On Brendan Smith‘s 29th birthday, he thought his time with the New York Rangers was over. And maybe his NHL career, too.
On Feb. 8, 2018, Rangers management sent a letter out to fans signaling a rebuild. Then they put Smith on waivers.
Smith was less than eight months into a four-year, $17.4 million contract, with expectations that he would be a top-four defenseman. But his first full season in New York was a disaster. “Things didn’t go well with our team off the bat,” Smith said. “We didn’t play very well, and I had a very short leash. At the moment, I felt like the Rangers gave up on me.”
He waited for the rest of his birthday to see if anyone would claim him. They didn’t, and he was relegated to the minors. “I could have been picked up by another team,” Smith said. “But it meant no other team thought I was worth my contract.” His confidence was shot. “There were some dark moments,” Smith said. “In an Original Six market, everyone knows hockey. There were a lot of tough articles. Reading those articles, you don’t believe you are an NHL player. You question whether you were ever good enough.”
Smith relied on support from his wife, Samantha, and younger brother, Reilly, a forward with the Vegas Golden Knights. “He had a lot of pride,” Reilly Smith said. “He felt like he could definitely play in the NHL as a regular defenseman. I felt the same way, and sometimes some people just don’t see the situation the same way you do.”
Friends and former coaches across the NHL texted Smith old articles about himself to help remind him of how talented he was. After all, Smith was a first-round NHL draft pick, a finalist for the Hobey Baker Award at Wisconsin, and had played nearly seven NHL seasons to that point, mostly with the Detroit Red Wings. “How can you erase the seven years before this because of one bad half-season?” Samantha would ask.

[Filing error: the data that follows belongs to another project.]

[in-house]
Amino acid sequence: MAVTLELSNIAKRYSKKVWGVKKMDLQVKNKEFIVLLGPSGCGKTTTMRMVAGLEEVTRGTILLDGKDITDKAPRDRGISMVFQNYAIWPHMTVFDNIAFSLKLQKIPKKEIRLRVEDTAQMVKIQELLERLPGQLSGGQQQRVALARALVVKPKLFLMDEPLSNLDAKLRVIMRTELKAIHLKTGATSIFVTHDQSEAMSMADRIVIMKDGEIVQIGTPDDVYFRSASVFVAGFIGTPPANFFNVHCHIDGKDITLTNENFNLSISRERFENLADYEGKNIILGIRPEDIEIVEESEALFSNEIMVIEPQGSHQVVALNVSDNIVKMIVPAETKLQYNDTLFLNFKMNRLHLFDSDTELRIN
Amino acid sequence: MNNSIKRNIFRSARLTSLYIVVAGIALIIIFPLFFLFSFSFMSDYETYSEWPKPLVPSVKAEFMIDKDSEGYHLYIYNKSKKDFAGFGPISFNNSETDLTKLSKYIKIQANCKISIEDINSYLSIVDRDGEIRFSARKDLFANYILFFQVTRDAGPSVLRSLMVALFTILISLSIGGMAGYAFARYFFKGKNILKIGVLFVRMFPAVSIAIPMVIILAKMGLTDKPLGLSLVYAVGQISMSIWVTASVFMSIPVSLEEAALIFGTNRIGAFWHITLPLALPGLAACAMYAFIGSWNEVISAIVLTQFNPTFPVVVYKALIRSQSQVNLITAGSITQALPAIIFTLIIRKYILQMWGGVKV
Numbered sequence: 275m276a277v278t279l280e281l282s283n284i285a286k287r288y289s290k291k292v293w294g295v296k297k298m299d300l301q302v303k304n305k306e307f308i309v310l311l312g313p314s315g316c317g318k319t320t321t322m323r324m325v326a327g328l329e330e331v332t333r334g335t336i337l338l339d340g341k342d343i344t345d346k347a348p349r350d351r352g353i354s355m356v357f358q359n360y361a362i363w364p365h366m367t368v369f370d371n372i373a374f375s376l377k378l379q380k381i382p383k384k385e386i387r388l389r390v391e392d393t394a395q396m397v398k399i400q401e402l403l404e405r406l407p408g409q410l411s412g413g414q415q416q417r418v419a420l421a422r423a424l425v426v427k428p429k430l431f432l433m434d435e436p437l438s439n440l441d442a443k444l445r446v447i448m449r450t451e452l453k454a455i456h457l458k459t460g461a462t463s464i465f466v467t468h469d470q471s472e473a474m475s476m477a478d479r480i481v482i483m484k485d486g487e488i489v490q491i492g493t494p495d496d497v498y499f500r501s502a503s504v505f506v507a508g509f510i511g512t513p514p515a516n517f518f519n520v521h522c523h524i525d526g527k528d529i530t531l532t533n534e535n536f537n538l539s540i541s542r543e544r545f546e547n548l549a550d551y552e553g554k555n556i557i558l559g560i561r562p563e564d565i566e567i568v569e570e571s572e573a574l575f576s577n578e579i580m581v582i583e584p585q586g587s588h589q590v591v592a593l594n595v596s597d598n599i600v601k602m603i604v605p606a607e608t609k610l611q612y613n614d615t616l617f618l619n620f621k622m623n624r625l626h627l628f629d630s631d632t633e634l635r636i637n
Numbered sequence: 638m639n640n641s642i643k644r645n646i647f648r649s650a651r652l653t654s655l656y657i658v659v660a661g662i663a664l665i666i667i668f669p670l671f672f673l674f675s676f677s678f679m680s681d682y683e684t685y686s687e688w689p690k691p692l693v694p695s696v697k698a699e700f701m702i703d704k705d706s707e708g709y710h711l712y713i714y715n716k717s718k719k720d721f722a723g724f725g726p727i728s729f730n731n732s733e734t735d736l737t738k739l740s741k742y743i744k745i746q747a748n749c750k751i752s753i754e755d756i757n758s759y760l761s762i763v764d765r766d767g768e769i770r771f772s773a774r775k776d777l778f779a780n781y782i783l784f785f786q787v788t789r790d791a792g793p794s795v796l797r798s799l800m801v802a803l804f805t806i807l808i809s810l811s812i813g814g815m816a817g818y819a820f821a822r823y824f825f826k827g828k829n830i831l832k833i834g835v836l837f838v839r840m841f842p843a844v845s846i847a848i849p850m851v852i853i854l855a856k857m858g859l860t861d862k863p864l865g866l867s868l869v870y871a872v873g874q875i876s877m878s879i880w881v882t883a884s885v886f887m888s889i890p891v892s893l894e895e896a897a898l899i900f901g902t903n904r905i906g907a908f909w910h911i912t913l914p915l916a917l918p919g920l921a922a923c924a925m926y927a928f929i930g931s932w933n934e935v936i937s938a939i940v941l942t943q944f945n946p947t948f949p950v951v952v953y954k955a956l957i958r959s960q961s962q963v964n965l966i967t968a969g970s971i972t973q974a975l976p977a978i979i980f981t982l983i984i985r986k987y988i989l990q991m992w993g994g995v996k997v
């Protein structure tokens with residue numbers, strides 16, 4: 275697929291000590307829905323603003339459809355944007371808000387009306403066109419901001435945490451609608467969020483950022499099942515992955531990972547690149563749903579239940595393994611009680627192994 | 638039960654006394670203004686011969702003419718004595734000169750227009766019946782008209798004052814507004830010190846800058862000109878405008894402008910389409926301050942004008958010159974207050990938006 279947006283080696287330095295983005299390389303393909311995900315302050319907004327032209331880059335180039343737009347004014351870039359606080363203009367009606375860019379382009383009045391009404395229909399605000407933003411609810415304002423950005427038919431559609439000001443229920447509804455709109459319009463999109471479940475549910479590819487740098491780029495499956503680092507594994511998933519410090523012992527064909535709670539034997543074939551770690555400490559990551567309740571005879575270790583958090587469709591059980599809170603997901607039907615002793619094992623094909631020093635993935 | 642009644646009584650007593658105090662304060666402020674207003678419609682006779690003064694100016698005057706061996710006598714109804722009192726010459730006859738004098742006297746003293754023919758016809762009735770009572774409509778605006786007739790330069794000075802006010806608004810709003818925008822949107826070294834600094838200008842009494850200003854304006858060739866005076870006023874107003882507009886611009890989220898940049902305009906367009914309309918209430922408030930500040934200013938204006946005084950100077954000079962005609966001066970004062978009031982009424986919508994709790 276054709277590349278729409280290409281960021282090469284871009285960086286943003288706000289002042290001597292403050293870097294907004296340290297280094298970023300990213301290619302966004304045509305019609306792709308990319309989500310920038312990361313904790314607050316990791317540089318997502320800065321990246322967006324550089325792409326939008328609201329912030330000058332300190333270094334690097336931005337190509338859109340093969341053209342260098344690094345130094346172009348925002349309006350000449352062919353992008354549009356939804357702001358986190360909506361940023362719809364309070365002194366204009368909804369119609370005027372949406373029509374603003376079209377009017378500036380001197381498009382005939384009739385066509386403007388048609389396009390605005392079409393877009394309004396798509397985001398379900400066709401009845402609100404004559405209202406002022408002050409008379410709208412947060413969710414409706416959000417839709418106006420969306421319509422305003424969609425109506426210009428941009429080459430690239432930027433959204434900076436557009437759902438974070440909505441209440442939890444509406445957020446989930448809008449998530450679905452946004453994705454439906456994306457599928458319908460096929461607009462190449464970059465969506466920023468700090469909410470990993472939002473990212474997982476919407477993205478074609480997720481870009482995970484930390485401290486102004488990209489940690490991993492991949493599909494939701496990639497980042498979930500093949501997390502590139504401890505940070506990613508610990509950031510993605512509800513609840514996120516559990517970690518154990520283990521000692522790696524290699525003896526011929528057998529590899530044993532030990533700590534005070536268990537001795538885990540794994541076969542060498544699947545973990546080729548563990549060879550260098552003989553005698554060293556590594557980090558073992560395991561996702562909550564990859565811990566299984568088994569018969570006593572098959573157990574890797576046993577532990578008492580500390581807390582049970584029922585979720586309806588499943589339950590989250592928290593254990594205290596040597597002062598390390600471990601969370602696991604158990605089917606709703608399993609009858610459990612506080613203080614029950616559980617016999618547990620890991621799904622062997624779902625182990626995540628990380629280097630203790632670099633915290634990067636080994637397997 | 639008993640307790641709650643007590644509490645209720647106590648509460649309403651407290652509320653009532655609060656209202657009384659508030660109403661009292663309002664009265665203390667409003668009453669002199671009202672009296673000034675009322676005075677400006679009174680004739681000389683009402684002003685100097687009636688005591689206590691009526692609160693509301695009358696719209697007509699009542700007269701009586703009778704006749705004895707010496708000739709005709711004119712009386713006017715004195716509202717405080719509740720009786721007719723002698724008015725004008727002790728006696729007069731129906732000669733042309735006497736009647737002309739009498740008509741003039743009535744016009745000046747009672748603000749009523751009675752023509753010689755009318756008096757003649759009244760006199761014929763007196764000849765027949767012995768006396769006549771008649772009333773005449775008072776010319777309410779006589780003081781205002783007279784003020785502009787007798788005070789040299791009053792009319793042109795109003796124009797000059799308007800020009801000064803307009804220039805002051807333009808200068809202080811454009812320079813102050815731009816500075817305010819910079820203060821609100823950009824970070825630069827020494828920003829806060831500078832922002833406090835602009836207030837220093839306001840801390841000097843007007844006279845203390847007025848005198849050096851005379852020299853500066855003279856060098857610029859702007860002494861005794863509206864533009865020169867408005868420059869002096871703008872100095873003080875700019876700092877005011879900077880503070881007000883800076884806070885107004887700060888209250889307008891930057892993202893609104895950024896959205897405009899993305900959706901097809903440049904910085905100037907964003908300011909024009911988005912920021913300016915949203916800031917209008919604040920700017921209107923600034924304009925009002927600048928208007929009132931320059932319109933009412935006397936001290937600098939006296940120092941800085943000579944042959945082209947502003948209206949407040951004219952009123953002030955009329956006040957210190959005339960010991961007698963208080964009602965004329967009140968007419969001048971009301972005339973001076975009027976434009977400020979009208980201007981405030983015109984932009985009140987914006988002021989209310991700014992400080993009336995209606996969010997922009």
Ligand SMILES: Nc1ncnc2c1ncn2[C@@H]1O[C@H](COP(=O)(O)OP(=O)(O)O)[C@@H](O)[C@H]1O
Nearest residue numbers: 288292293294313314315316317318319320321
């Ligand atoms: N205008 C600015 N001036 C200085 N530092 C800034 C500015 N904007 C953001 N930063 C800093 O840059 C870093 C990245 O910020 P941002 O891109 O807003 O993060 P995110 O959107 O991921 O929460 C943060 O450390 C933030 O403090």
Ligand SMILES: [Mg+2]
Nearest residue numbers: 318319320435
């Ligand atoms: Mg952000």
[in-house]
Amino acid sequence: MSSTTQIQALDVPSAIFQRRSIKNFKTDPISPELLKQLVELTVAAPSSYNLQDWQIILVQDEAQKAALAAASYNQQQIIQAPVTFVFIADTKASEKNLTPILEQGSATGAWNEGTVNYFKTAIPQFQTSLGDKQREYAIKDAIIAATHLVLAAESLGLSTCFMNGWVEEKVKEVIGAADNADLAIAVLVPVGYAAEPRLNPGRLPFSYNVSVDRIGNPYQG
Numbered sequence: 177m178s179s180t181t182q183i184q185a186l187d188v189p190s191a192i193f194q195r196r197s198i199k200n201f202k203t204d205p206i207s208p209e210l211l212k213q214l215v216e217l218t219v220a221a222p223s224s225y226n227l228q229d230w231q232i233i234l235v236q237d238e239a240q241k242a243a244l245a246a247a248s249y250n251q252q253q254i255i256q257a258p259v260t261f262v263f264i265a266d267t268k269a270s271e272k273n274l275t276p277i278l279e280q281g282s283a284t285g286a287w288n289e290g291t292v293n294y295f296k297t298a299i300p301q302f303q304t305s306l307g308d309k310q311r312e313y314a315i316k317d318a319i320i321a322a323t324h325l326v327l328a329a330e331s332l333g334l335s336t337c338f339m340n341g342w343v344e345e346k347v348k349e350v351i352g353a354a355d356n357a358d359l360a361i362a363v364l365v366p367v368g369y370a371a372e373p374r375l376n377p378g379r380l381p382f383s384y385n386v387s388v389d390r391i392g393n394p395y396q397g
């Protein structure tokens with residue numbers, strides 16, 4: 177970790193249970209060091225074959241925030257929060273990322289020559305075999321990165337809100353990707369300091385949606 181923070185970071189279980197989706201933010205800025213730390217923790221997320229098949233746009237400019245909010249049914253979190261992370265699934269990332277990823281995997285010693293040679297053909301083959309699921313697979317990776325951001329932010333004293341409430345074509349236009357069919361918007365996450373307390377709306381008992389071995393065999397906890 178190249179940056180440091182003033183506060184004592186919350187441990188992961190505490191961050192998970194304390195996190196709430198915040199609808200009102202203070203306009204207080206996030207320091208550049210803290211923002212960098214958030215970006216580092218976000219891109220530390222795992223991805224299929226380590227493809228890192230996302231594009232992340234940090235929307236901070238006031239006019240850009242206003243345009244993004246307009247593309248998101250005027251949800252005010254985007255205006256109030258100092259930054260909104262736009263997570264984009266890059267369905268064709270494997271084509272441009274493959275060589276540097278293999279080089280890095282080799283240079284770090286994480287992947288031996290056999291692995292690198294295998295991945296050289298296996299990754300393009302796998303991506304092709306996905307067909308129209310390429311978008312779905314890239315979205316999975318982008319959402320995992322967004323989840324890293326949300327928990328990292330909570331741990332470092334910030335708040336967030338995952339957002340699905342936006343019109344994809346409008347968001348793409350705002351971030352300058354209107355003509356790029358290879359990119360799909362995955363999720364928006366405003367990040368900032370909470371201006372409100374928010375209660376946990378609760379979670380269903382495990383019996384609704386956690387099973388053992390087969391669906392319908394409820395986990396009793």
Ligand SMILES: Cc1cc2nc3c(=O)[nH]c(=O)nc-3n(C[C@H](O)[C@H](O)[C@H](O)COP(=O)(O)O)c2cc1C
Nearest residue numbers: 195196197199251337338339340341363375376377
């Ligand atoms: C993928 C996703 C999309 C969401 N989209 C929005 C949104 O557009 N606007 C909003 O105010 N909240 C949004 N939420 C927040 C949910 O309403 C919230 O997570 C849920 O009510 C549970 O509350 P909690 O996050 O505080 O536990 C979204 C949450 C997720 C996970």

Smith spent the rest of the season in Hartford, Connecticut, with the AHL Wolfpack. And then he made a commitment to himself. “Everyone goes through hard times. The question is, ‘How are you going to react to it?'” Smith said. “My parents taught me growing up not to give up, roll over and play dead. It’s all about working hard and adapting and trying to find that next job or next outlet.”
Nearly two years later, Smith is back as an important member of the Rangers because he reinvented himself. He’s now playing forward (while still taking shifts on defense for the penalty kill). “If that has happened in the NHL before, it doesn’t happen very often,” Reilly Smith said. The transformation gave Brendan Smith a new lease on his contract with the Rangers — and his hockey career.
“When a player gets put in a situation like that, when they are told to switch roles, it’s pretty disheartening,” Reilly Smith said. “Ninety percent of the time you’re going to look at it in a negative aspect. Brendan did a great job taking the positive out of the situation. It’s really easy to just get down on yourself and just blame the world, but that’s something Brendan didn’t do. Instead, he tried to get better and worked hard, and that’s definitely pretty inspiring.”
The summer after his stint in Hartford, Smith stayed in Connecticut and worked with trainer Ben Prentiss. Teammate Chris Kreider was Smith’s workout partner. And they worked hard.
“Chris is an absolute freak,” Smith said. “I try to emulate him or try to keep up with him — which is almost impossible — but it’s a good partnership .He wants to beat me in every exercise — every exercise, no matter what it is. I feel like I’m no slouch, so we push each other.”
Smith made the Rangers roster for 2018-19, but he understood his place on the team was different. “In [coaching and management’s] mind, they wanted to move on and transition the younger defensemen through the organization quicker,” Smith said.